A story was spun out of thin air — simply because it fit the West's fantasy about Russia torn by internal conflict
This post first appeared on Russia Insider
A week has now passed since the collapse of the media story concerning Putin’s "mysterious disappearance". That makes it a good moment to take stock of what happened.
Firstly, in its reporting of Putin’s "disappearance" the Western media finally exposed the utter incompetence of its reporting on Russia.
A glance at Putin’s website shows Putin never "disappeared".
Putin’s "disappearance" is supposed to have begun on 5th March 2015. Yet on 8th March 2015 he met in the Kremlin with a group of women to celebrate International Women’s Day. The meeting was publicised and photographs exist.
On 12th March 2015 Putin spoke over the telephone to the President of Armenia. His website on the same day carried a report of the conversation.
On 13th March 2015 Putin met in his country residence at Novo-Ogaryovo with Vyacheslav Lebedev, the head of Russia’s Supreme Court. The meeting was again publicised and television film and a partial transcript of the meeting also exist and were made public on the same day the meeting took place.
On the same day, 13th March 2015, it was publicly announced that Putin would be travelling to St. Petersburg on 16th March 2015 to meet with the President of Kirghizia.
All these events and announcements took place as the Western media was becoming increasingly shrill spreading stories that Putin had disappeared. The announcement of Putin’s meeting with the President of Kirghizia in St. Petersburg on 16th March 2015, which should have finally silenced the story, failed to do so.
It beggars belief that any of these people Putin is reported to have met or whom he was going to meet, especially the head of the Supreme Court and the presidents of Armenia and Kirghizia (two proudly independent countries), would be parties to a plot to conceal from the Russian people and the world that Putin was ill or dead or away fathering a child in Switzerland or was facing a political crisis or had been overthrown in a coup.
The film of Putin’s meeting with Lebedev on 13th March 2015 shows him fit and well. That incidentally proves that the rumours that he was ill with the flu were also untrue.
Putin did postpone a Eurasian Union summit meeting with the presidents of Kazakhstan and Belarus. A Russian liberal website found in a local newspaper a report that a meeting between Putin and a regional governor, which Putin’s website said happened on 11th March 2015, may have taken place on 4th March 2015. Putin also postponed ratification of a defence agreement with South Ossetia. Lastly, Putin skipped a meeting with the personnel of Russia’s state security service, the FSB.
None of this however proves that anything was amiss or shows that Putin had disappeared.
The Eurasian Summit meeting might have been postponed for any number of reasons. A good candidate is that Putin wanted to canvass the opinions of the president of Kirghizia, whom he was due to meet in St. Petersburg on 16th March 2015, and postponed the summit meeting with the two other Eurasian leaders in order to do so. Kirghizia wants to join the Eurasian Union and it might have been that Putin wanted to iron out some issues with its president before the summit meeting. Another possibility is that Putin wanted to flesh out the details of his proposals for a currency union, which he made when the summit meeting finally took place on 20th March 2015. Or there could be any number of other reasons.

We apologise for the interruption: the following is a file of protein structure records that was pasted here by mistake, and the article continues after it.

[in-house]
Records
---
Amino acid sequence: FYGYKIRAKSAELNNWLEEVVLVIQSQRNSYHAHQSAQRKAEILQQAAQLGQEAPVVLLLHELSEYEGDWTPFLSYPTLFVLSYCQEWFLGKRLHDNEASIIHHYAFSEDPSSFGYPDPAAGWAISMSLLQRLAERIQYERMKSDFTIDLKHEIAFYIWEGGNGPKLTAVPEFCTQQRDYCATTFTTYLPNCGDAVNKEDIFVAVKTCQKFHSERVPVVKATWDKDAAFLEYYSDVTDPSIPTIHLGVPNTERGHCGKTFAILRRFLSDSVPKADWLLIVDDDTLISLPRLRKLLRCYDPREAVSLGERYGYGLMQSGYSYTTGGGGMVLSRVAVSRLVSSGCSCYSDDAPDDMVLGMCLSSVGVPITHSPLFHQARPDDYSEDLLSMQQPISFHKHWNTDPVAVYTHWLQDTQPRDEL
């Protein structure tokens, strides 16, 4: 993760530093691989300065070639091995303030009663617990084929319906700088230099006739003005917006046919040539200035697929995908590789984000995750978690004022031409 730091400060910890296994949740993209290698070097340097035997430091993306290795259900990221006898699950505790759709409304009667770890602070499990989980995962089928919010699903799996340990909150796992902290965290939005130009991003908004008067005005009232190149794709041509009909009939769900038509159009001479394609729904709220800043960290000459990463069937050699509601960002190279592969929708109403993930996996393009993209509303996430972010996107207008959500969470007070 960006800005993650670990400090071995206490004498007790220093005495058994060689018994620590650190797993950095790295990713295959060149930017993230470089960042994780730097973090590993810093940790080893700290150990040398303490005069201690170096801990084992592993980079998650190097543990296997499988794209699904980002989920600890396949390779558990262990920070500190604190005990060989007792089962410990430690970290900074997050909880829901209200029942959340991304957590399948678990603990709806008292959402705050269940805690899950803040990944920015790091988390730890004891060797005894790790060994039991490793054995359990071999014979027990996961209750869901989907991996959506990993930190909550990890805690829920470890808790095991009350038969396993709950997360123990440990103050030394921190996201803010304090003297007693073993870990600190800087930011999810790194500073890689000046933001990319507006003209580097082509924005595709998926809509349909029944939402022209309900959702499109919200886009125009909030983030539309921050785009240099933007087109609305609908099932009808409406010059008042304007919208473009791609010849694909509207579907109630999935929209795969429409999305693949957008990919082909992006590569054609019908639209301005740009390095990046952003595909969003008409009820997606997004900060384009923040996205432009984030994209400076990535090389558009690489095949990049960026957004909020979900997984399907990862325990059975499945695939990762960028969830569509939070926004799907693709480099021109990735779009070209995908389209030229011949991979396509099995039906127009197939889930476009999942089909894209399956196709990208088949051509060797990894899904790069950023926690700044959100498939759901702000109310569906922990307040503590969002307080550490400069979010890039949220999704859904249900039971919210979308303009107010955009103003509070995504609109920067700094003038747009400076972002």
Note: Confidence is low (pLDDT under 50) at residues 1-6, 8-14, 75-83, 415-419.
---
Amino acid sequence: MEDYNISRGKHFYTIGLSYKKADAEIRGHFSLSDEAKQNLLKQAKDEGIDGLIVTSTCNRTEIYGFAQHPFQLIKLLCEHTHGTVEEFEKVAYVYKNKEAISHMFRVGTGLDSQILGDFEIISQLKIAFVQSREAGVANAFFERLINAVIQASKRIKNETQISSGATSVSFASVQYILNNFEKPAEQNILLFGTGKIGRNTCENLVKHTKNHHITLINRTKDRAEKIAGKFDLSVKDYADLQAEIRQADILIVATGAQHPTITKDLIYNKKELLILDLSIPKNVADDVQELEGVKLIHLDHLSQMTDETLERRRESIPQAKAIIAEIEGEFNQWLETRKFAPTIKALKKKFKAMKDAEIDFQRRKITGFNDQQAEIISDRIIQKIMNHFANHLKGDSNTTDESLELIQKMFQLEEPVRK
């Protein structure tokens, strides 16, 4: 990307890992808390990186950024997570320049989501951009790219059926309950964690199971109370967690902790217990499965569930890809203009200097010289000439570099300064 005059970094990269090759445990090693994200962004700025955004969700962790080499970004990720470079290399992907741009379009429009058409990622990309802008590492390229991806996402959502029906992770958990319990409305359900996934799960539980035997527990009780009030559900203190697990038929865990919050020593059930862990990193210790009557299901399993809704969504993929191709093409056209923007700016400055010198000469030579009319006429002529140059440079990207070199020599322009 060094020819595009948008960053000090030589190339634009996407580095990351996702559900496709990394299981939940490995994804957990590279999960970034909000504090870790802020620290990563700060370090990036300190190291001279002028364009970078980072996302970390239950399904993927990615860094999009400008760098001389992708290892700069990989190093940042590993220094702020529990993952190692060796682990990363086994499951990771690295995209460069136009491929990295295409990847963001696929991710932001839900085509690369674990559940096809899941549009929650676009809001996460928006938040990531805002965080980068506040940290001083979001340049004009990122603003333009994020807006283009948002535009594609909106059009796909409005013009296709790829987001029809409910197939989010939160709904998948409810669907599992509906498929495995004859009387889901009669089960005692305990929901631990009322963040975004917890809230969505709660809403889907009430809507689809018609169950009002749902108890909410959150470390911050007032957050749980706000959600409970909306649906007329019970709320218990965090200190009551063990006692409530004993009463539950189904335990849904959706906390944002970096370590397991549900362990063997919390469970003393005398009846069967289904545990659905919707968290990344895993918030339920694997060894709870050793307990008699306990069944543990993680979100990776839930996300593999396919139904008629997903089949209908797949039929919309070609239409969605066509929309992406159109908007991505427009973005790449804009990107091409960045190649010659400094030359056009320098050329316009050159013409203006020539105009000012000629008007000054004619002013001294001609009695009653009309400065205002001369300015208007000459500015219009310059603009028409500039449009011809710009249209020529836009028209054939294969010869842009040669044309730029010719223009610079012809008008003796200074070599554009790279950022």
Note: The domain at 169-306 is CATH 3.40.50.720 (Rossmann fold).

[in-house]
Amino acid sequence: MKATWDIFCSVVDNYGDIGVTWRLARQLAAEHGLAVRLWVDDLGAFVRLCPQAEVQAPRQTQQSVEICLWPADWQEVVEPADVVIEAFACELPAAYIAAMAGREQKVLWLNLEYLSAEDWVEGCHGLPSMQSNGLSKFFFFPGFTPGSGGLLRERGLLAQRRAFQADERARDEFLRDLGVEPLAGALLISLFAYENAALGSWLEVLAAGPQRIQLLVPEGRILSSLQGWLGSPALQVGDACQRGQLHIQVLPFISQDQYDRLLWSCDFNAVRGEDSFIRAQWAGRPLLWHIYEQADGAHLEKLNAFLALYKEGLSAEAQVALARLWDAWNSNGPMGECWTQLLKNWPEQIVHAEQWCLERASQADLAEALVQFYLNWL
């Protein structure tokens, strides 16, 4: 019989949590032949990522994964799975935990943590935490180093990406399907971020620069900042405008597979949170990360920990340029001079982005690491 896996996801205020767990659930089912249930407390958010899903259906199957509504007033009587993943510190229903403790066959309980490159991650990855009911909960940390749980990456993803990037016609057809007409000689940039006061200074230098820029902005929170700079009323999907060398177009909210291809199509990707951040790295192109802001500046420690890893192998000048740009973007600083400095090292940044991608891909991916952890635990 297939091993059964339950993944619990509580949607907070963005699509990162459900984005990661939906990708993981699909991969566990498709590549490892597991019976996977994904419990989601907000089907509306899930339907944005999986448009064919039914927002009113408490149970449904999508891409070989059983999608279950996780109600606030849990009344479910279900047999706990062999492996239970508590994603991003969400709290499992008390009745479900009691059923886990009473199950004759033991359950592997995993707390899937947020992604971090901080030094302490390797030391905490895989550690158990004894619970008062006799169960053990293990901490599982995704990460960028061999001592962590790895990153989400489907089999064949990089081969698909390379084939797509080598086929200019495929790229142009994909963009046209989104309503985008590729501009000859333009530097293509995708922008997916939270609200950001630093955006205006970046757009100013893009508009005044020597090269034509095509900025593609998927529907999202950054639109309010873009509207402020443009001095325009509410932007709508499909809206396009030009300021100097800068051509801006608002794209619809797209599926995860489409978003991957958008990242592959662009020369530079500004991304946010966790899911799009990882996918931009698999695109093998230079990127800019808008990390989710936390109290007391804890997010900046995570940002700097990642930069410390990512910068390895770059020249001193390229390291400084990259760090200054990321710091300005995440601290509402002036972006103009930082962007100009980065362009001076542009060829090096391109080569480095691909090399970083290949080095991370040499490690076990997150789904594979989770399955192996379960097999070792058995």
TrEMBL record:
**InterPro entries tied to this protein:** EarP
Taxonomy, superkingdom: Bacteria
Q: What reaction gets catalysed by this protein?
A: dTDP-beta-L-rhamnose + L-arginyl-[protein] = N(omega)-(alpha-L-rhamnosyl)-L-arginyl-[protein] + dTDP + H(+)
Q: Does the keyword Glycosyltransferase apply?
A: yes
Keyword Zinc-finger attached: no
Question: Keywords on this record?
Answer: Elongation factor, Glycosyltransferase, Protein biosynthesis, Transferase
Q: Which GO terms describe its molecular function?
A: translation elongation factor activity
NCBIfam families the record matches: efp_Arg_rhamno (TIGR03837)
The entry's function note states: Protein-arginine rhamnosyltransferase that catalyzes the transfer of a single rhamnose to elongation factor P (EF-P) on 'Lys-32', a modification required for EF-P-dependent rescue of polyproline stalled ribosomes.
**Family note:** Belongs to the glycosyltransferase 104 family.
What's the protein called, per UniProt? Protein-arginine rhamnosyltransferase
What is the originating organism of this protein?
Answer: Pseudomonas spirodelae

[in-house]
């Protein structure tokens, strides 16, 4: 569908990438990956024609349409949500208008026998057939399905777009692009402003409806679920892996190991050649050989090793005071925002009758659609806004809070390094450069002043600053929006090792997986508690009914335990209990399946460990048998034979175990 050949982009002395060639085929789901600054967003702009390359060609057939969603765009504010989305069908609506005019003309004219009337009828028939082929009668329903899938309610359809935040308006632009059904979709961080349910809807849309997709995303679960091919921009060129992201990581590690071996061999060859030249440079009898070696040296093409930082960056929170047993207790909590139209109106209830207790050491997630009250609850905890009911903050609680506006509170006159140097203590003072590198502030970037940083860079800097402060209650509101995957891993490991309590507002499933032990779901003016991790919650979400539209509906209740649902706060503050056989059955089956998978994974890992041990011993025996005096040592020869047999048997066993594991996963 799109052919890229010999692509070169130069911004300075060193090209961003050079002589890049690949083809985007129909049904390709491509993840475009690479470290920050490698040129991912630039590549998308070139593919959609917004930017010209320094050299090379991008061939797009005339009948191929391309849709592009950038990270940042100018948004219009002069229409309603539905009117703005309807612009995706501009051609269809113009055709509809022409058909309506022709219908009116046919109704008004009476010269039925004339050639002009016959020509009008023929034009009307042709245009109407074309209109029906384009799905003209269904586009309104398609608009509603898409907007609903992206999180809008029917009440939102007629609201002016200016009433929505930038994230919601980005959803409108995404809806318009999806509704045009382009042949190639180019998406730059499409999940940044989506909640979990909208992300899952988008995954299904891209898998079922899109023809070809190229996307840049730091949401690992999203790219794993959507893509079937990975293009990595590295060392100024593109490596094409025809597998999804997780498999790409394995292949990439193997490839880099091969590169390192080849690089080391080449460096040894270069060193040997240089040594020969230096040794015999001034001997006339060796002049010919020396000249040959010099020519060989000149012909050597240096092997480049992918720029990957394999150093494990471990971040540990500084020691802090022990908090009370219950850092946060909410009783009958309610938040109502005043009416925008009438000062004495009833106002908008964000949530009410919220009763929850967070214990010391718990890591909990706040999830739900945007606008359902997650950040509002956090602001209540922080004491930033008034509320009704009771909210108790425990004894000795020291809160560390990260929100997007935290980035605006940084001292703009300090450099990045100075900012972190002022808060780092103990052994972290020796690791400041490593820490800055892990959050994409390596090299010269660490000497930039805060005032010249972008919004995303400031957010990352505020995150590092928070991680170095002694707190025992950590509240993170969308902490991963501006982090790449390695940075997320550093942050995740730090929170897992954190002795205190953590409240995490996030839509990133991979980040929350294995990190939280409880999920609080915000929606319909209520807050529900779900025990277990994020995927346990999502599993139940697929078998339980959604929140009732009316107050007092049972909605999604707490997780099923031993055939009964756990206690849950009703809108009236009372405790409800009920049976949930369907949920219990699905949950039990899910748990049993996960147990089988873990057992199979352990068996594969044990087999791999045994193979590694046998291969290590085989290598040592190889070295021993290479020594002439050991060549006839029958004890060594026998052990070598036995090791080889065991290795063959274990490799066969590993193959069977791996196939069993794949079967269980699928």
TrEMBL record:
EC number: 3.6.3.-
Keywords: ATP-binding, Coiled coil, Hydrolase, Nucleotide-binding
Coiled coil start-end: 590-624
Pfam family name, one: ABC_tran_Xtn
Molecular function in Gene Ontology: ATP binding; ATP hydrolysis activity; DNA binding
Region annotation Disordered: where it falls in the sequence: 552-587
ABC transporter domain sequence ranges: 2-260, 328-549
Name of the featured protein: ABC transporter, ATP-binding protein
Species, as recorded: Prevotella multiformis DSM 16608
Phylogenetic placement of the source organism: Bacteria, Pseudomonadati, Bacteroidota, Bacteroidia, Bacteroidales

Summits of this sort are often postponed and for all sorts of reasons. European Union summit meetings get postponed all the time. That is not usually taken as a sign of crisis.
As for the meeting with the governor, if it really did take place on 4th March 2015 and news of it was indeed held back until 11th March 2015 in order to cover up Putin’s "disappearance", then that can only mean that the "disappearance" and the coverup were planned in advance.
That seems overcomplicated and even absurd. Most likely the report of the meeting in the newspaper was a mistake. The newspaper probably simply reported a routine meeting before it took place. That would show how routine and formal meetings like this have become. It does not show that anything important was going on. Such things probably happen all the time without anybody noticing.
As for the postponement of the defence treaty with South Ossetia, that is hardly an important agreement with an important country but is merely a tidying up document that confirms what is already the case, while the meeting with the personnel of the FSB was also a relatively unimportant commemorative meeting and it is not clear that Putin was even expected to attend it.
Most likely the truth behind this whole bizarre episode is that Putin, like many busy people, had fallen behind with his paperwork and decided to cut down on his meetings to give himself time to get on top of it.
The real mystery about this affair is not why Putin "disappeared" for a few days, given that he actually didn’t disappear at all, but why for almost a week the Western media became so obsessed with this story and continued to report it long after it had become obvious that it was untrue?
At a most basic level, what this episode shows is the unhealthy obsession the West has with the person of Vladimir Putin.
It is now practically impossible to read a book or article about Russia in the West that does not refer to Putin, sometimes indirectly but far more often as the lead character. This is true even of art criticism or film reviews. For the West Putin is not the big story in Russia, he is the only story. The entire life of this huge country is reduced to the words and actions (often misreported) of one man.
This bears no relation to reality. There are simply not enough hours in the day for Putin to do all the things the West attributes to him. In fact as anyone who visits Russia for any length of time can see, Putin is not the overwhelming presence in the life of the country the West takes him to be.